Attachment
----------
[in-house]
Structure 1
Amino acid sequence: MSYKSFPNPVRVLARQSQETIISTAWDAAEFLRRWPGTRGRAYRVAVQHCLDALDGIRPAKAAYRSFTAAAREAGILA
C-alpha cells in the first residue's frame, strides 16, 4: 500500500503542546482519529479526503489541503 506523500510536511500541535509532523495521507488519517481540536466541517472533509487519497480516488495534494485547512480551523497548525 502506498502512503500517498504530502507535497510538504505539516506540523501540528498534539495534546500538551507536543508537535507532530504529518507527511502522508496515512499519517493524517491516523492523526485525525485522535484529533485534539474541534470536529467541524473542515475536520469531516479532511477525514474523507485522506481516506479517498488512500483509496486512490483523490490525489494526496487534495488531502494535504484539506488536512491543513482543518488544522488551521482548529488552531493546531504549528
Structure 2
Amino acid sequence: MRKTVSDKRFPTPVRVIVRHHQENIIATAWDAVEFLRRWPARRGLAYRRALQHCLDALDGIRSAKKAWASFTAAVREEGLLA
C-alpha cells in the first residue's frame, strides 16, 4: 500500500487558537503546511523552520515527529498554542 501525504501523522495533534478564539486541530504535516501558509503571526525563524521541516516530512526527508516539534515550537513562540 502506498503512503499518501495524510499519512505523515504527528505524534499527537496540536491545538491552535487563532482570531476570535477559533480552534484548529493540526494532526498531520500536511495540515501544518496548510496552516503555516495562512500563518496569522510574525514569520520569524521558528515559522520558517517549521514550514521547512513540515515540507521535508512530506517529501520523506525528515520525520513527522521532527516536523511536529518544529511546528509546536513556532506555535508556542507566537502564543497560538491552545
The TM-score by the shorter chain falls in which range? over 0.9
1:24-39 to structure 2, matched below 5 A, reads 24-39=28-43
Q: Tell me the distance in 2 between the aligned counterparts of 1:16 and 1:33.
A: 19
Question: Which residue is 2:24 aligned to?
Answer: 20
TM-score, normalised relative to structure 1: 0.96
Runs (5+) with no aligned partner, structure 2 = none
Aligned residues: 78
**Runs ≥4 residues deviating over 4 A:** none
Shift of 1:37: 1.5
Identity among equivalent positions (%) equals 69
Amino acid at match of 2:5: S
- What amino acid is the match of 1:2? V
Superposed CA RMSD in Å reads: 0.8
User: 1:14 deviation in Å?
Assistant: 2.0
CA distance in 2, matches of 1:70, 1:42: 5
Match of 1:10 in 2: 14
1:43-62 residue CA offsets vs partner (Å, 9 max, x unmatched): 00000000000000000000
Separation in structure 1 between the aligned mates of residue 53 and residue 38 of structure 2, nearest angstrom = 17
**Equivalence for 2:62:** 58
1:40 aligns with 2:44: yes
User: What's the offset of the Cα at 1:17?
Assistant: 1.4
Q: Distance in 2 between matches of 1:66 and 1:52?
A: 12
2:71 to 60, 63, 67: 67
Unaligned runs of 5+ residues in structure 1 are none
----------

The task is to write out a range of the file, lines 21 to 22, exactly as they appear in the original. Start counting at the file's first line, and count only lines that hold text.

- What amino acid is the match of 1:2? V
Superposed CA RMSD in Å reads: 0.8